December 25, 2013

Happy Haiga Day!--A Christmas Edition Rerun

I first posted this on Christmas Day, 2010. It's one of my favorites!


© Diane Mayr, all rights reserved. Image courtesy Library of Congress.

Have a great holiday!

December 24, 2013

December 22, 2013

Happy Haiga Day!


© Diane Mayr, all rights reserved. Art from vintage postcard, ca. 1919, courtesy NYPL Digital Gallery.

December 20, 2013

Poetry Friday--Enough with the Doors!

Last week I posted four haiga featuring doors, and this week, I'm switching to windows. I believe they've all been posted here before.

I took the photo in January 2009--boy, I hope next month isn't as bad.



A window only in the haiku. Starring Smudge.



Does the shadow of a window count? With Skippy.



This one is a tanka.



A friend's cat named Molly.



Photo by Carol M. Highsmith, courtesy Library of Congress.





This is one of my favorite haiga, with both Smudge and Skippy.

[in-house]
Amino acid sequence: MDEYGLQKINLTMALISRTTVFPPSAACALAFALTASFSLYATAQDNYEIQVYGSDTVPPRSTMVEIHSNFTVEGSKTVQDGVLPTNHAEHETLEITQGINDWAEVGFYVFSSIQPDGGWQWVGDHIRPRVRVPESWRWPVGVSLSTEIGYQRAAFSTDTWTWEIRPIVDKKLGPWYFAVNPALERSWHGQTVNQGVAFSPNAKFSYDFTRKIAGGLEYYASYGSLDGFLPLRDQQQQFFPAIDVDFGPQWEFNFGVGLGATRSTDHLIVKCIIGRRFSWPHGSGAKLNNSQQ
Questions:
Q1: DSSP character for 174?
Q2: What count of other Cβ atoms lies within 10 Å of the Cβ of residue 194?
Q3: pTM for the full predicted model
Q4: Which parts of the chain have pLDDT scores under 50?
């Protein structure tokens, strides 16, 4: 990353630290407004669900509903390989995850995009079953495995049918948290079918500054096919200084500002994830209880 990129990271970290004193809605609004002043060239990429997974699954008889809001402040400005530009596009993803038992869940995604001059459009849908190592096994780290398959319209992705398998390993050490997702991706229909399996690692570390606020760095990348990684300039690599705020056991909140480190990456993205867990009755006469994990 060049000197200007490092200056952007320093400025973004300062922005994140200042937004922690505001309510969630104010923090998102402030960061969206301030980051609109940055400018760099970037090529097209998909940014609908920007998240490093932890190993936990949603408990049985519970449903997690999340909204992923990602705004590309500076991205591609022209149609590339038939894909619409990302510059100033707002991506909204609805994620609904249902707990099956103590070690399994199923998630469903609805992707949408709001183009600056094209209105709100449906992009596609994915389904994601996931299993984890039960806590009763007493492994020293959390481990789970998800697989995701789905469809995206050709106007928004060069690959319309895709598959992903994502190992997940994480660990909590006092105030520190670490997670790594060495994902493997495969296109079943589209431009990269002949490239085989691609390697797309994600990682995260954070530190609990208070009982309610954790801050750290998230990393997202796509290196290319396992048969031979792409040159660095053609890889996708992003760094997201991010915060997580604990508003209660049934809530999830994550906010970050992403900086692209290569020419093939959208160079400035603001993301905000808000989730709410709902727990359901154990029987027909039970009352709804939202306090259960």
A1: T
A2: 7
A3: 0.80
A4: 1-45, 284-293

All haiga ©Diane Mayr, all rights reserved.

This past Sunday I posted a short poem, which was layered on top of a photo of a window, see it here.

Had enough? I still have a few more in my files, but, I think if I post one more you'll all be ready to jump out the nearest window! Please don't! Instead, head over to Buffy's Blog for the Round-Up.

If I don't see you before next Wednesday, Merry Christmas to all who celebrate it and happy day off from work to those who don't!


December 17, 2013

December 15, 2013

Happy Haiga Day!

This one is from yesterday, and is for my online friend Keri Collins Lewis who lives in Mississippi and doesn't have to worry about any of the stuff that's covering the ground in New Hampshire this morning!


© Diane Mayr, all rights reserved.

December 13, 2013

Poetry Friday--Again with the Doors?

Last Friday's post was an original poem, "Interior," inspired by a painting with doorways and a window. I received a few comments from people who mentioned an affinity for doors.

Perhaps a general fascination with doors started with the famous poster, "The Doors of Dublin," information about which can be found here.